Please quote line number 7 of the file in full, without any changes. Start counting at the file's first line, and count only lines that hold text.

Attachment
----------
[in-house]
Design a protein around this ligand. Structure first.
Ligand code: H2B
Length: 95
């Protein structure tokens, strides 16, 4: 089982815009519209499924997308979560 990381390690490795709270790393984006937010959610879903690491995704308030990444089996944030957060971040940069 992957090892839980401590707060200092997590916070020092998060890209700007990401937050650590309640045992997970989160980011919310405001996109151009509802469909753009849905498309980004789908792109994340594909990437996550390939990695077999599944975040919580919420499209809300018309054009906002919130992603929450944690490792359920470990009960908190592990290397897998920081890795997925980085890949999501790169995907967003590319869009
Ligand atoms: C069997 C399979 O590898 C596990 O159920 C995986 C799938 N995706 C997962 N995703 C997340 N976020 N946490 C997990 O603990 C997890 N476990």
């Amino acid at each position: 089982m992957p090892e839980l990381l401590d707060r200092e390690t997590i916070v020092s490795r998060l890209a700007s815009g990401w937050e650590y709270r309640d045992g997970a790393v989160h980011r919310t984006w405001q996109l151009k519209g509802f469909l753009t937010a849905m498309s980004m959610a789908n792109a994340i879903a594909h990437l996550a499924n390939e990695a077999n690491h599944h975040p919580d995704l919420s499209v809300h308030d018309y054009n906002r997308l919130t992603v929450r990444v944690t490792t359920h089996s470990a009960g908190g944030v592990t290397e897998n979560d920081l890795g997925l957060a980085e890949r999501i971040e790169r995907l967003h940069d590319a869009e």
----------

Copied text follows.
């Amino acid at each position: 089982m992957p090892e839980l990381l401590d707060r200092e390690t997590i916070v020092s490795r998060l890209a700007s815009g990401w937050e650590y709270r309640d045992g997970a790393v989160h980011r919310t984006w405001q996109l151009k519209g509802f469909l753009t937010a849905m498309s980004m959610a789908n792109a994340i879903a594909h990437l996550a499924n390939e990695a077999n690491h599944h975040p919580d995704l919420s499209v809300h308030d018309y054009n906002r997308l919130t992603v929450r990444v944690t490792t359920h089996s470990a009960g908190g944030v592990t290397e897998n979560d920081l890795g997925l957060a980085e890949r999501i971040e790169r995907l967003h940069d590319a869009e």